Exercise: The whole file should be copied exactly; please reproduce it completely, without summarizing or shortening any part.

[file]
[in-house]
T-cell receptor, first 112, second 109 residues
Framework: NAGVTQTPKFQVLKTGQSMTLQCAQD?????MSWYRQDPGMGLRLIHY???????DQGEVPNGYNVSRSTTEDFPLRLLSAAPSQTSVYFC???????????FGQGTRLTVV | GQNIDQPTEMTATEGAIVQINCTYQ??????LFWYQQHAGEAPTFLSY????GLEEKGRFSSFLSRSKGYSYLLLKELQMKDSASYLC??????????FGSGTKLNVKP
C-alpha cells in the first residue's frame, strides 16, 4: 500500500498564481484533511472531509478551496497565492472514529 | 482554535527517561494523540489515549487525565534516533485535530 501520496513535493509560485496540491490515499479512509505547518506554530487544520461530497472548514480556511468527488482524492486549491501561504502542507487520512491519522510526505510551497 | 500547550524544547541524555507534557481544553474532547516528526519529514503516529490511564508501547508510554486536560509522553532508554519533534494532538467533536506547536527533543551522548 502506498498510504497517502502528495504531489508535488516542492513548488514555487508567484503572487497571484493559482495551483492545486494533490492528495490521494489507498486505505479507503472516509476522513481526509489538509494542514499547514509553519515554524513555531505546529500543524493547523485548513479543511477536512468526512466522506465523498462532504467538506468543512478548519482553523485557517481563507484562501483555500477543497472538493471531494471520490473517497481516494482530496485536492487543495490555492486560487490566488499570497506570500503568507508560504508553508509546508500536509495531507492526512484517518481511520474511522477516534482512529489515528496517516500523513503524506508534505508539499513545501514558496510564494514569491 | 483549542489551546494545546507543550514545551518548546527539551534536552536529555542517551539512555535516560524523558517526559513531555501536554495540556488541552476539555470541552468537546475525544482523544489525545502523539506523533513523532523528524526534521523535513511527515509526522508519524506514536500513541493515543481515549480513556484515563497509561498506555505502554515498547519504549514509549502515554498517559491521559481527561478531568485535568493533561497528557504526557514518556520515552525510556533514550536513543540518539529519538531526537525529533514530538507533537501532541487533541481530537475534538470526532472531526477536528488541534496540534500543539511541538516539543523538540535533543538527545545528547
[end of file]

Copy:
[in-house]
T-cell receptor, first 112, second 109 residues
Framework: NAGVTQTPKFQVLKTGQSMTLQCAQD?????MSWYRQDPGMGLRLIHY???????DQGEVPNGYNVSRSTTEDFPLRLLSAAPSQTSVYFC???????????FGQGTRLTVV | GQNIDQPTEMTATEGAIVQINCTYQ??????LFWYQQHAGEAPTFLSY????GLEEKGRFSSFLSRSKGYSYLLLKELQMKDSASYLC??????????FGSGTKLNVKP
C-alpha cells in the first residue's frame, strides 16, 4: 500500500498564481484533511472531509478551496497565492472514529 | 482554535527517561494523540489515549487525565534516533485535530 501520496513535493509560485496540491490515499479512509505547518506554530487544520461530497472548514480556511468527488482524492486549491501561504502542507487520512491519522510526505510551497 | 500547550524544547541524555507534557481544553474532547516528526519529514503516529490511564508501547508510554486536560509522553532508554519533534494532538467533536506547536527533543551522548 502506498498510504497517502502528495504531489508535488516542492513548488514555487508567484503572487497571484493559482495551483492545486494533490492528495490521494489507498486505505479507503472516509476522513481526509489538509494542514499547514509553519515554524513555531505546529500543524493547523485548513479543511477536512468526512466522506465523498462532504467538506468543512478548519482553523485557517481563507484562501483555500477543497472538493471531494471520490473517497481516494482530496485536492487543495490555492486560487490566488499570497506570500503568507508560504508553508509546508500536509495531507492526512484517518481511520474511522477516534482512529489515528496517516500523513503524506508534505508539499513545501514558496510564494514569491 | 483549542489551546494545546507543550514545551518548546527539551534536552536529555542517551539512555535516560524523558517526559513531555501536554495540556488541552476539555470541552468537546475525544482523544489525545502523539506523533513523532523528524526534521523535513511527515509526522508519524506514536500513541493515543481515549480513556484515563497509561498506555505502554515498547519504549514509549502515554498517559491521559481527561478531568485535568493533561497528557504526557514518556520515552525510556533514550536513543540518539529519538531526537525529533514530538507533537501532541487533541481530537475534538470526532472531526477536528488541534496540534500543539511541538516539543523538540535533543538527545545528547